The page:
I did get one call from a charity - they got my phone number from the stub of a raffle ticket I bought at a shopping centre - now I only write my mobile number on tickets.

    • Brando says:

      04:39pm | 18/12/11

      I have a silent number and only give to those who need it. Anyone one else gets my mobile which has a handy call blocking facility that refuses calls for those on the list.

      However everywhere I go I see people lining up to fill out entry forms to win some stupid prize. They happily hand over name, address, phone number (in many cases both home and mobile) and email addresses with no thought of this is exactly why the company is prepared to put the prize up in the first place.

      The price of a cheap car is nothing when you get get ten’s of thousands of people across the country to hand over their private details.

      I wonder how many people complaining here today have done this

    • Linda says:

      11:22am | 18/12/11

      I love all my telemarketers and have a great old time with them. Sometimes I ask them to tell me their name is Brian, ‘cause I can only talk to men named Brian, then ask them two minutes into the call what they’re wearing… or I tell them thanks EVER so much for the offer of the holiday, it does sound quite lovely, but unfortunately I’m not allowed to leave the property and if I do the police will turn up and shoot me. Or, that Mrs Whoever is in jail, or that I’m in fact a burglar and not sure who lives here really, I just want their dvd and laptop, and the phone once you hang up.  I have a favourite one whose name is Roger, who has a delightful sense of humour and calls when he is having a bad night just to cheer himself up. We’re getting married in July. Nah kidding, ha. Go easy on them, they’re just trying to make a quid in a third world country as best they can. wink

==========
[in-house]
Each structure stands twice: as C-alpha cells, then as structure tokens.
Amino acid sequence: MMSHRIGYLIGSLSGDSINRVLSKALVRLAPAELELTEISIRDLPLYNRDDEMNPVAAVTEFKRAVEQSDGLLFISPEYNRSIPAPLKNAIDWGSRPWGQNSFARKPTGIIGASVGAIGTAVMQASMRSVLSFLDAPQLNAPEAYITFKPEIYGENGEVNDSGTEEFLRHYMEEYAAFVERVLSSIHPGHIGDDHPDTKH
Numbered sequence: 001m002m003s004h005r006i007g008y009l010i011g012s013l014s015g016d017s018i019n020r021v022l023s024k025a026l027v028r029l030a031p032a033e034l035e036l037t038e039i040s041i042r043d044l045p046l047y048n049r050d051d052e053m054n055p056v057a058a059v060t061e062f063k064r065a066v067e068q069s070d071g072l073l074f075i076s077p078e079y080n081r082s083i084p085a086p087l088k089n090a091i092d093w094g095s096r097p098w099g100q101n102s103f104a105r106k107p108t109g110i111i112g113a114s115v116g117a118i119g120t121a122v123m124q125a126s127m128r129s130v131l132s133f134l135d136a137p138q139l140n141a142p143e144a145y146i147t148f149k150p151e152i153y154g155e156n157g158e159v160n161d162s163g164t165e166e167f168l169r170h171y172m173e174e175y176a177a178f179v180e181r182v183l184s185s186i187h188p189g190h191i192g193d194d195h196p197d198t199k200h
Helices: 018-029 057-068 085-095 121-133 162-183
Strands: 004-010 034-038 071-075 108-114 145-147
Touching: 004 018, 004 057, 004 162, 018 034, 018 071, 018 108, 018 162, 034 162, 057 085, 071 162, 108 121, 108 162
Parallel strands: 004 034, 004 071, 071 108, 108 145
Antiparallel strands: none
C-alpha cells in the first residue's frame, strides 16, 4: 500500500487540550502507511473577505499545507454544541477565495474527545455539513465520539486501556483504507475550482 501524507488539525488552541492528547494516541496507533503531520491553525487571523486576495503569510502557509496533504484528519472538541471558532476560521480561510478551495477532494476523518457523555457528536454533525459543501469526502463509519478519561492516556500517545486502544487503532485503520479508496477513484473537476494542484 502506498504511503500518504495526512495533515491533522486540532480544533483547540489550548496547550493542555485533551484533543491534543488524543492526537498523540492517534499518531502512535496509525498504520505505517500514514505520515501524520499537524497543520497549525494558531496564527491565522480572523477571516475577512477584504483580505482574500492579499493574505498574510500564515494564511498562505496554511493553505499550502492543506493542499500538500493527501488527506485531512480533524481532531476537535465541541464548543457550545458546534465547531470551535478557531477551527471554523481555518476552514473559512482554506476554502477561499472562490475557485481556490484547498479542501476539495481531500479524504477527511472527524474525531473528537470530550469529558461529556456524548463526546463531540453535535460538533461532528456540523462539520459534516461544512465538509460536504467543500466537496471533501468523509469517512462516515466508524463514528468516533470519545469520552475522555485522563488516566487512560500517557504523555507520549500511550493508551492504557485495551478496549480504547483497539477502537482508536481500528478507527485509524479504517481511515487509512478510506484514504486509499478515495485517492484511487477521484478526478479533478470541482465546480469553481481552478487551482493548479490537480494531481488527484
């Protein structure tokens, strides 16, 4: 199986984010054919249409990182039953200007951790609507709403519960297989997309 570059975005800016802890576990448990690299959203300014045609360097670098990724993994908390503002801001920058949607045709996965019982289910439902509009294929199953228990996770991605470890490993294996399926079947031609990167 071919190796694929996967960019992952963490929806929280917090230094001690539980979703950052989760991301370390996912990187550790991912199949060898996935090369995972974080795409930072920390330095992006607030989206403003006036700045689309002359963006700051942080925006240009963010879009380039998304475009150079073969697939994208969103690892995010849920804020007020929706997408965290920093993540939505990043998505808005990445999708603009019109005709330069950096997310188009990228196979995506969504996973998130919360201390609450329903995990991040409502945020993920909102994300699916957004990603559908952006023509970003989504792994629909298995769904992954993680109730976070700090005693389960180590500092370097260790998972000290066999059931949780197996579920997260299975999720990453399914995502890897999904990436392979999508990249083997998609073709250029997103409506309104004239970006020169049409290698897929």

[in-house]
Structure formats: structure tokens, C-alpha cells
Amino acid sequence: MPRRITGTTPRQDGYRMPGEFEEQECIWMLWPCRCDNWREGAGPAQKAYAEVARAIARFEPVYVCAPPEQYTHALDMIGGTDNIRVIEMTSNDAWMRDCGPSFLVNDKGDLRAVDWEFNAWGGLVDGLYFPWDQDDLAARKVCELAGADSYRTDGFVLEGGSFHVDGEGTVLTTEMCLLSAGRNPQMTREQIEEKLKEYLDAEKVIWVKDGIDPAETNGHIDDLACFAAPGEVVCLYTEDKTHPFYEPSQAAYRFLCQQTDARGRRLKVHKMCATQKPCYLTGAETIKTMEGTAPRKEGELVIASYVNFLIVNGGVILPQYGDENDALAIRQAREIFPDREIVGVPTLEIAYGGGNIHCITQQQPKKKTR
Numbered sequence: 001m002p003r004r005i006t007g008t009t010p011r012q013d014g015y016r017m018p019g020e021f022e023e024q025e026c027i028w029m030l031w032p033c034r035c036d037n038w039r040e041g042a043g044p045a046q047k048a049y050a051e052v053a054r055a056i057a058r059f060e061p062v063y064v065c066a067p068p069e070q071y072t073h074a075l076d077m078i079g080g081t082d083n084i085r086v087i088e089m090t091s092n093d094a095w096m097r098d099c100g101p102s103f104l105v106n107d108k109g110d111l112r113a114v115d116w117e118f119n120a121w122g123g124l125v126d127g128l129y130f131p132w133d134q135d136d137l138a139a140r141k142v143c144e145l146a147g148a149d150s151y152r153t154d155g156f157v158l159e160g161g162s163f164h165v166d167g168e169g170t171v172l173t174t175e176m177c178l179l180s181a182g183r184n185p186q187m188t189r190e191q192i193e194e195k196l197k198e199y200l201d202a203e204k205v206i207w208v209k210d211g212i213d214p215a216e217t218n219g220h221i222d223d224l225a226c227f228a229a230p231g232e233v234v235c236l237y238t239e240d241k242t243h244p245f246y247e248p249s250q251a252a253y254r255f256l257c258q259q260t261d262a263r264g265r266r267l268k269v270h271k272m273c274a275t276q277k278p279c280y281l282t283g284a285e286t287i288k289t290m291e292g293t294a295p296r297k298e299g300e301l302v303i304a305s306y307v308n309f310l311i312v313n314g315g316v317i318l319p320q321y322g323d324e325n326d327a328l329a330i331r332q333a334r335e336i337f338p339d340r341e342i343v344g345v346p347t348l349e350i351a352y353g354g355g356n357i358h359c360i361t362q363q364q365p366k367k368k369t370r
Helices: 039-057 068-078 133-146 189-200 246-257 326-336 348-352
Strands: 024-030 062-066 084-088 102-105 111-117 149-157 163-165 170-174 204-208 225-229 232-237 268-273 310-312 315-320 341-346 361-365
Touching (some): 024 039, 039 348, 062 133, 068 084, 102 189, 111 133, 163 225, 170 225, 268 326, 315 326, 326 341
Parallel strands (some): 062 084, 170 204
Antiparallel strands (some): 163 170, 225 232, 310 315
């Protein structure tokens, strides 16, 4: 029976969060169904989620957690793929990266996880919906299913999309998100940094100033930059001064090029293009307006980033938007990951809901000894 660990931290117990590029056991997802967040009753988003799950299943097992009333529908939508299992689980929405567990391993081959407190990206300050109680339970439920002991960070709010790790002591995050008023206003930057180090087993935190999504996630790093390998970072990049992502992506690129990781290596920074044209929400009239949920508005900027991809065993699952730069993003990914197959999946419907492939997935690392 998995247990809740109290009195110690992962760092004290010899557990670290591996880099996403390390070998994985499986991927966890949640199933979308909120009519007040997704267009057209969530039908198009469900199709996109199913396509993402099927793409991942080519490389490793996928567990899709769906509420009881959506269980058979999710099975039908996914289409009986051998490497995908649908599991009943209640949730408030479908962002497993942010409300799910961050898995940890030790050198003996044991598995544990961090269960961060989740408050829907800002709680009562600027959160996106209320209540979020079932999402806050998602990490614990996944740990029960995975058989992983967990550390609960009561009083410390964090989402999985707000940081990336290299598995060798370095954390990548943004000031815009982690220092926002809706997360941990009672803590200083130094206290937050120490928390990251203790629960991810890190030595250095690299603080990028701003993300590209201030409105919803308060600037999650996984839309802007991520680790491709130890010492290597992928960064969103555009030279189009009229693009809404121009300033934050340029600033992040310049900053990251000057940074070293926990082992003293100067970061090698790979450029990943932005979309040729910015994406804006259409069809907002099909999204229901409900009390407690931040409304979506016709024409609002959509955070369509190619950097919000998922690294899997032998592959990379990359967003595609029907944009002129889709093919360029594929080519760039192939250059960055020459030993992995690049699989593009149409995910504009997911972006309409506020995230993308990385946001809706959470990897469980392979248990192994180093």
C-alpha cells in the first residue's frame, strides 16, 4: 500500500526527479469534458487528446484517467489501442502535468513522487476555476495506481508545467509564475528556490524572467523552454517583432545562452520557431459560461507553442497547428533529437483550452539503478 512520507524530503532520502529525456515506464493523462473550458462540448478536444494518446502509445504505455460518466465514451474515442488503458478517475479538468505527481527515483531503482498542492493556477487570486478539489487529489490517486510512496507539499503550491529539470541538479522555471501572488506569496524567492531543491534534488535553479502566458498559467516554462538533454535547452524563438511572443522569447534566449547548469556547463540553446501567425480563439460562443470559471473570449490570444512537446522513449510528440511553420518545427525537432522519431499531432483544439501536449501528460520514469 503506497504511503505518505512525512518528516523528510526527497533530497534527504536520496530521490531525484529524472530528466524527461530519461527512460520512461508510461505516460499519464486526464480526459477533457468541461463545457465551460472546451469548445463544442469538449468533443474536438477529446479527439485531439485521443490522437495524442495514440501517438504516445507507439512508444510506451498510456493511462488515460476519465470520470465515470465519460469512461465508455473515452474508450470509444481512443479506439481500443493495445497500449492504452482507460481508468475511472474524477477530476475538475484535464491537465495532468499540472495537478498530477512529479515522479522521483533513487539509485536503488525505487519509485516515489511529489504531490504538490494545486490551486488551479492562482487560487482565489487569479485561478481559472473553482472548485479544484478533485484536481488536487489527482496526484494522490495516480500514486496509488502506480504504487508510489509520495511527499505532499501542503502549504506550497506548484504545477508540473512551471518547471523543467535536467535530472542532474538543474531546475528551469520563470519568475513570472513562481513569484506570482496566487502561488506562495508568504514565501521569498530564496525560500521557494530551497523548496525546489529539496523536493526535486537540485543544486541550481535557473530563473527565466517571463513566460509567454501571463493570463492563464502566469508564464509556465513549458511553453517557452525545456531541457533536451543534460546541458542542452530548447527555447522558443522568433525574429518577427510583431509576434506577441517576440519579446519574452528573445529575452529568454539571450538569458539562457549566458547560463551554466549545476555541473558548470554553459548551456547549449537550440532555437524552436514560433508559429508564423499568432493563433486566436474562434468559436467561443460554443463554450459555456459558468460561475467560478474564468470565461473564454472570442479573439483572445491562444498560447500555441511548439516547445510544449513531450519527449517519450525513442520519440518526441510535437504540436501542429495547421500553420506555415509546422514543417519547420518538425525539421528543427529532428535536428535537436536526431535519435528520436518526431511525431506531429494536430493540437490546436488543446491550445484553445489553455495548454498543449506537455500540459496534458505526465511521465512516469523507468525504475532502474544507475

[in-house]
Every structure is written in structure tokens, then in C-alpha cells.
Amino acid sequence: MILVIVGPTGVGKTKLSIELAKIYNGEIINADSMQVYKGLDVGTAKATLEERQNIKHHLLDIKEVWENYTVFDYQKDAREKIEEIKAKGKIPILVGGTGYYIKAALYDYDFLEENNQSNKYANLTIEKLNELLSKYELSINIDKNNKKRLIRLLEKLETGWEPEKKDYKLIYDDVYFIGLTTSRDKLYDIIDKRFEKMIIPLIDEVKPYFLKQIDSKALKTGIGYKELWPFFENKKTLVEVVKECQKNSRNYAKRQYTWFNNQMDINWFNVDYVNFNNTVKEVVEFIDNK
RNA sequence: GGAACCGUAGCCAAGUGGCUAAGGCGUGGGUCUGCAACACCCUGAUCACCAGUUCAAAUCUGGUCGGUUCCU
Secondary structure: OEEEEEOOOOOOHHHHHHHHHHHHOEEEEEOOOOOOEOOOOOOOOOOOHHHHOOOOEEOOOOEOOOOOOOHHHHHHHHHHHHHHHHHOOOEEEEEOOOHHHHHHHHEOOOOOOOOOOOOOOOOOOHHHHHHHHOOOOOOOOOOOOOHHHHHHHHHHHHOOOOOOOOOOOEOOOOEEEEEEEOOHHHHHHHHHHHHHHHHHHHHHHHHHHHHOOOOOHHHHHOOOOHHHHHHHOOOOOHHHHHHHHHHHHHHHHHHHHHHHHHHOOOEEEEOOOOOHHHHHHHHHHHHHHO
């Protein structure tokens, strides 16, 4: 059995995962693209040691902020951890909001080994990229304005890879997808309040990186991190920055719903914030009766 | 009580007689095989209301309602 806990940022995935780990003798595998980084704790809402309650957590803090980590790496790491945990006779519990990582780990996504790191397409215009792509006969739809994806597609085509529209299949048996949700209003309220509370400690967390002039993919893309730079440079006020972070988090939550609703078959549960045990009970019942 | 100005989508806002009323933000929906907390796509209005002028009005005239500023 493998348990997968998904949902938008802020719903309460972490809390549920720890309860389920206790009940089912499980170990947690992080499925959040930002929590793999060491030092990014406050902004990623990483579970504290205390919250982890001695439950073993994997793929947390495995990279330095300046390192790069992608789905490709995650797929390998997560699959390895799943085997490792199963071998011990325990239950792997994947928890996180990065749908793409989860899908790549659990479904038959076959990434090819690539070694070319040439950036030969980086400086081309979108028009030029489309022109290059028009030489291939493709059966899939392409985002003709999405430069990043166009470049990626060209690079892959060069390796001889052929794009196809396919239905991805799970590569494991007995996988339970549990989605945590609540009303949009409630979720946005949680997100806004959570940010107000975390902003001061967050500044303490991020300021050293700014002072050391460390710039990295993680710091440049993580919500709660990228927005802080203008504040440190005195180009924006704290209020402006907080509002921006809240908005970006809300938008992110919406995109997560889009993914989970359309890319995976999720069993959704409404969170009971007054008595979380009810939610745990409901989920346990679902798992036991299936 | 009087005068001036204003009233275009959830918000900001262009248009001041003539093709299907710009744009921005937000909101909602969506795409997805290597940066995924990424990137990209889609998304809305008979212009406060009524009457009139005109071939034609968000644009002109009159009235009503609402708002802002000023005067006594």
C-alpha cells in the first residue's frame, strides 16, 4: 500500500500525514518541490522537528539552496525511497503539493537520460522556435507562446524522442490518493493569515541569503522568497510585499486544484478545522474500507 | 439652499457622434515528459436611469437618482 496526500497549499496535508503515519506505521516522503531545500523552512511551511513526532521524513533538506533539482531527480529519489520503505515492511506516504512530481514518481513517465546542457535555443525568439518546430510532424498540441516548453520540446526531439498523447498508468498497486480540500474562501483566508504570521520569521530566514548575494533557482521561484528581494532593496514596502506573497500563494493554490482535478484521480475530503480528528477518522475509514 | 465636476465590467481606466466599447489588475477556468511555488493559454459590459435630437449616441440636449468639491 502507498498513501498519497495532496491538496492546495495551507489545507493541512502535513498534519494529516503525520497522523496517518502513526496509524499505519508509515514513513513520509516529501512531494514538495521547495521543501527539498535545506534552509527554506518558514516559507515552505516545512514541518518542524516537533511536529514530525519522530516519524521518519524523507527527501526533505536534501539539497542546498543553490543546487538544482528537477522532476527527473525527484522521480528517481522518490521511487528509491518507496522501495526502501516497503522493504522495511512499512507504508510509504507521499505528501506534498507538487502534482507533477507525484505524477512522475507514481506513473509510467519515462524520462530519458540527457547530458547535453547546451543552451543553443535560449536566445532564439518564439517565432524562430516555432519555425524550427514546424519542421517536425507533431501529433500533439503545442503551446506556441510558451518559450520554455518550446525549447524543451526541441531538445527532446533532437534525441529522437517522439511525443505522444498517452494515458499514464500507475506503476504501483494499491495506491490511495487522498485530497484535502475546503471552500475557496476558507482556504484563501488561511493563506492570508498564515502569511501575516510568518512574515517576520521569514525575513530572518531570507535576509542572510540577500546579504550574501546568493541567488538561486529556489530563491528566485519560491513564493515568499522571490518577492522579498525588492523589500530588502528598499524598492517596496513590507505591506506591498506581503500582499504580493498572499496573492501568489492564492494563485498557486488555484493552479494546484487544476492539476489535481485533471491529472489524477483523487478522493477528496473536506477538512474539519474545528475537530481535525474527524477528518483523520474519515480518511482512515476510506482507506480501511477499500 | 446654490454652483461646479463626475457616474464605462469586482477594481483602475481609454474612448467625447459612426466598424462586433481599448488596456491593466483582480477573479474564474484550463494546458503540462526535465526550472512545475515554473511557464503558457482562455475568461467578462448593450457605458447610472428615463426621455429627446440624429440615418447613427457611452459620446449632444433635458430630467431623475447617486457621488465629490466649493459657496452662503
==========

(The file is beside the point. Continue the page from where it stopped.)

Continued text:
• Eva says:

      12:12pm | 18/12/11

      I am not sure they are all calling from a thrid world country. In the past week all the annoying calls have started on my mobile. At first I took them as I was expecting a call from my dentist whose number I do not know. All of them sounded like very middle class Australian women.

      I have put up with the pest calls on my landline but now they have started on the mobile I will certainly be joining the no call list.

    • Anjuli says:

      11:52am | 18/12/11

      Then you have calls which are silent this is the automatic dialing they use to find out the time of day you are in . Then they will ring for real, if this happens I am told if you press the hash button several times and hang up it does some thing to their lines ,I hope so I do it every time.

    • yourname says:

      12:39pm | 18/12/11

      The world would be so much more congenial if I could have everybody who pisses me off dropped quietly into the Mariana Trench with a cannonball chained to their ankles—of course, there wouldn’t be many people left then, so it might be harder to get coffee and cakes. Catch-22—it’s the best there is.

    • Interested Observer says:

      02:23pm | 18/12/11

      We say “I never do this over the phone” to charity beggars which is as polite as we get.  For several months now we have been receiving between 3 - 6 calls every night between 6:00 p.m. - 9:00 p.m. from somebody claiming to be from Microsoft.  The entire area is being targeted since my 87 year old mother in law is also receiving these calls which she finds distressing as she lives alone.  We are both on the DNCR.  Our response has evolved from “not interested” to uttering threats of personal injury to the caller.  I have no sympathy for those people attempting to scam us - this is not an honest way to earn a living.

    • Al says:

      07:41am | 19/12/11

      Especialy as these calls are all commiting FRAUD.
      As indicated on Microsofts own website ‘We do not cold call our customers, ever.’
      Microsoft doesn’t so it and they don’t have companies doing it on their behalf.